as one of Richardson's masterpieces; and among the noteworthy structures are the new Carnegie Institute, the Technical Schools, quite a number of imposing and beautiful churches and the Nixon Theater—regarded as among the beautiful and artistic amusement places of the country. Choosing from among Pittsburgh's extraordinary number of modern skyscraper business edifices, it may doubtless be said with truth that the Frick Building is the finest of its kind anywhere.
There is one feature that seems especially worthy of note. In no part of the city, practically speaking, are there rows of dwelling houses
built closely together—each house looking exactly like its neighbor. Possibly the city's sponsors remembered the experience of Glasgow, whence many examples and traditions were naturally derived. There the evils of overcrowding bore their ill fruit until some time in the sixties, when a great change was enforced. The inestimable benefit of wider spaces between residences should naturally have offered its lesson. At least, the builders of Pittsburgh knew—and profited from the knowledge.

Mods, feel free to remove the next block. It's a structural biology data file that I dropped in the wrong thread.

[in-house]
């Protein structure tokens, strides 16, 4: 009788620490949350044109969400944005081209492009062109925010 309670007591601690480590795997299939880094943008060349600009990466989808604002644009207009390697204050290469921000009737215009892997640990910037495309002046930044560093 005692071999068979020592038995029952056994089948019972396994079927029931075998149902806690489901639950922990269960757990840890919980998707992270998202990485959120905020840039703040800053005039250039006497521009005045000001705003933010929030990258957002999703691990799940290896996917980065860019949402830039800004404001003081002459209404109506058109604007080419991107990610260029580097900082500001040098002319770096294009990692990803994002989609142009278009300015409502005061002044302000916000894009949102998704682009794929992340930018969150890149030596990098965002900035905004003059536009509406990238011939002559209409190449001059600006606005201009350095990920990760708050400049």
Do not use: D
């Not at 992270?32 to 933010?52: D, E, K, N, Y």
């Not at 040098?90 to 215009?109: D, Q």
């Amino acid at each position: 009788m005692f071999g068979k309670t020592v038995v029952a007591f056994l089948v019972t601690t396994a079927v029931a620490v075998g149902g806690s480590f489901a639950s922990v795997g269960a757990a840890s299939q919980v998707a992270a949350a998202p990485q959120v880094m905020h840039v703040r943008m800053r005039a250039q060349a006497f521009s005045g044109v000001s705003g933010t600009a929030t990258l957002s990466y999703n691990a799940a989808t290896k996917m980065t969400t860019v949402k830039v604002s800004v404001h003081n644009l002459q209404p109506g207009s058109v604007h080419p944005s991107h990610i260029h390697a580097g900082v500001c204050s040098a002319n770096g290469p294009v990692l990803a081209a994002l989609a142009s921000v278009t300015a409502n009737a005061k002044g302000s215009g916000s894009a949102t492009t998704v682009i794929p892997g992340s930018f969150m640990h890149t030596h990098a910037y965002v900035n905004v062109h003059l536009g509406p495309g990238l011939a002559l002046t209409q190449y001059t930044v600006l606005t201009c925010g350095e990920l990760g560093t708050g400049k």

The tenement districts must still be spoken of apologetically, for there are portions of Pittsburgh where the dwelling houses of the poor and working classes are decidedly bad. But the city is no worse than many others in this respect; and, moreover, Pittsburgh's fame as the great industrial paradise has caused an influx of laboring classes which no amount of intelligent study could have forestalled. As to general cleanliness there is much to be hoped for, and expected. Not all of the sections of the city are as well kept as they should be; but nobody doubts that conditions are to be improved in the near future.